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Neil Woodford: UK will be 2018’s surprise success story

The volatile start to the year may well have represented a turning point in market conditions.

I said at the start of this year that I believed the market consensus had misread the outlook for the UK economy, where fundamentals are improving, not deteriorating. The data so far in 2018 appears to support this.

Chancellor Philip Hammond’s Spring Statement earlier this month was accompanied by an upbeat assessment of the UK’s economic situation. At the same time, however, despite acknowledging some better recent economic data, the Office for Budget Responsibility has remained more circumspect about future UK growth prospects, primarily because of continued productivity concerns.

So, who is right? Our upbeat Chancellor or the downbeat OBR?

My view chimes much more resonantly with that of Hammond, and it is a view supported by hard evidence. Manufacturing is growing more strongly, the labour market is setting records, inflation is falling and, as a result, we have just seen a return to real wage growth in the UK for the first time since early 2017.

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With inflation expected to moderate even further and the prospects for wage growth improving, I am confident the extent of UK real wage growth will become more meaningful as the year progresses, with the obvious positive ramifications for household finances and the economy more broadly. Overall, there are plenty of positives in the UK right now, which are not receiving as much media or market attention as they deserve.

Interestingly, the global economic picture has started to look a little less rosy, with data disappointments emanating from the US and Europe, alongside growing concerns about the impact of tighter US monetary policy on other parts of the world such as Asia.

In fact, there is an increasing possibility that the UK economy could be the fastest growing of all OECD nations by the end of 2018.

This would come as something of a surprise to a global market consensus that has become institutionally negative on the UK’s growth prospects (according to the Bank of America Merrill Lynch Global Fund Manager Survey, asset allocators have rarely been as substantially underweight UK assets as they are now), while at the same time implying an increasingly complacent view about global growth.

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Little wonder, then, that financial markets have seen a volatile start to 2018. Many of the assumptions upon which equity markets have been relying are being slowly undermined and I expect that to continue.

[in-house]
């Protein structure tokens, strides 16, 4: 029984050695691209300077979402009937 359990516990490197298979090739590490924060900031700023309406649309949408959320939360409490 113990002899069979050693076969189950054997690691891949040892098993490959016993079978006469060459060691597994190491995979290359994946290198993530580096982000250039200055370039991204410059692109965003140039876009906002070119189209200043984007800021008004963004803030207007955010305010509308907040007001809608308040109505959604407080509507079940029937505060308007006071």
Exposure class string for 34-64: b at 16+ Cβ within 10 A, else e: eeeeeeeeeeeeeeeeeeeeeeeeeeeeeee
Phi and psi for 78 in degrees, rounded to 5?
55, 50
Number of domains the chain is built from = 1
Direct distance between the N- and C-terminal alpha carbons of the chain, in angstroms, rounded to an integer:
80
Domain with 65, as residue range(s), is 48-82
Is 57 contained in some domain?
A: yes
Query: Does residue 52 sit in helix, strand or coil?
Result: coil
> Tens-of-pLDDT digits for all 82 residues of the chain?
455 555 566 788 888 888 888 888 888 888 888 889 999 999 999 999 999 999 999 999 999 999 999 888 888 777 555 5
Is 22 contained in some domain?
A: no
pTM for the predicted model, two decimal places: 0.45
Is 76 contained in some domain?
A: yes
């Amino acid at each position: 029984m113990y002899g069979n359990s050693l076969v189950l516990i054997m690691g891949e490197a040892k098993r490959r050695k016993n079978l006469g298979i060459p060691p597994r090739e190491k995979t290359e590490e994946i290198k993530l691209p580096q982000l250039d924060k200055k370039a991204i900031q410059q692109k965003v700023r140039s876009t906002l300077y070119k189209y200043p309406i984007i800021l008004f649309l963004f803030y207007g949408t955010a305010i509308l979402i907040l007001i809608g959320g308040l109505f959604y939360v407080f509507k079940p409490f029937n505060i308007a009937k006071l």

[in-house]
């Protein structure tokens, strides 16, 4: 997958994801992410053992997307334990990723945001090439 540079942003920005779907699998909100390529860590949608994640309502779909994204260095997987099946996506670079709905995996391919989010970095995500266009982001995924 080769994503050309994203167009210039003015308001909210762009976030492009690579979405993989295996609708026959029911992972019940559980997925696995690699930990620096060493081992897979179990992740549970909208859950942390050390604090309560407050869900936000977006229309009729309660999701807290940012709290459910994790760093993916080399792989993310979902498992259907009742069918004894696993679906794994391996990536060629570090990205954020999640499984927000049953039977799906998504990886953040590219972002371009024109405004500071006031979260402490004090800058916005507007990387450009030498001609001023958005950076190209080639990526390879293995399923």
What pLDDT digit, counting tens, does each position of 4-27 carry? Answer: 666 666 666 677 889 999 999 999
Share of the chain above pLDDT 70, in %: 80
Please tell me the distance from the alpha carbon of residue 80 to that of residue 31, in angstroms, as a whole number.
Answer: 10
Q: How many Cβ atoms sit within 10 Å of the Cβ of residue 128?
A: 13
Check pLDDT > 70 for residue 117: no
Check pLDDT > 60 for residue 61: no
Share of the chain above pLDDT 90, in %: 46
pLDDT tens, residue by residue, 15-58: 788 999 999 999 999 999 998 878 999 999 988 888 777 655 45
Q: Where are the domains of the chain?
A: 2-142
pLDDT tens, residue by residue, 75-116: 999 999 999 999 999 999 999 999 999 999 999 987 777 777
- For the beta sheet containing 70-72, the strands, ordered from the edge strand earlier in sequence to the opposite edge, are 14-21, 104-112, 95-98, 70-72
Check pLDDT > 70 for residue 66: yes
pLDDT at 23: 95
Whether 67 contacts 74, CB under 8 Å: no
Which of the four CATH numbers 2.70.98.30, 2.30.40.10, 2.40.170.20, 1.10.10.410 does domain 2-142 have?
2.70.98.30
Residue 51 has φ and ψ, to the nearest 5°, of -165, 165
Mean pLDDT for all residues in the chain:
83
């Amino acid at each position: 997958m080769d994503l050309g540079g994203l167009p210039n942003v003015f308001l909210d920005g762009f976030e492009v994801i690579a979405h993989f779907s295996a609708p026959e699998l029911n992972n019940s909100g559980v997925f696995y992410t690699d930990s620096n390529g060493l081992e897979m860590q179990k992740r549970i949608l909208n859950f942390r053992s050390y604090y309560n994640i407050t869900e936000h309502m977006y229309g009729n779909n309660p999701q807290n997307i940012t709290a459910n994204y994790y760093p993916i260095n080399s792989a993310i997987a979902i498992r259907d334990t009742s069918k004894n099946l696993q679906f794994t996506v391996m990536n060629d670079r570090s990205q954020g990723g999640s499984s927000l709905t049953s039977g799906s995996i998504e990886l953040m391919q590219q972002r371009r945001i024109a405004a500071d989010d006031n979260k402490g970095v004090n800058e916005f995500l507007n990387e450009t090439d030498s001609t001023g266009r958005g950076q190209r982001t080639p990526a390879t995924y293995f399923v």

At times like this, one might expect investors to revisit areas that have been out-of-favour, as they search for undervalued assets capable of weathering volatile conditions more successfully. The UK is home to many such assets and, in the aftermath of the market declines we saw in early February, the environment has started to feel somewhat different to the conditions that had prevailed for much of the prior two years.

The valuation stretch in markets has not meaningfully moderated yet but the momentum in certain parts of the market has, inevitably, been called into question.

We may be in the foothills of a profoundly different market environment

Meanwhile, global corporates seem to have become more attuned to the valuation opportunities that now exist within the UK stockmarket. In recent weeks, we have seen bids for Fenner, Fidessa, Hammerson and Laird from overseas companies apparently keen to snap up the bargains on offer.

This flurry of deal activity is representative of the widespread undervaluation that results from the unpopularity of UK equities among global institutional investors. In turn, it may also represent something of a precursor to a re-appraisal of the UK economy’s prospects and the stocks exposed to it.

Although it remains too early to suggest that the volatile start to 2018 represents a definitive turning point in market conditions, things are playing out broadly the way I have anticipated from a macro perspective. We may now be in the foothills of a profoundly different market environment. Fundamentals have not mattered recently but they should start to do so more from here.

Neil Woodford is head of investment at Woodford Investment Management



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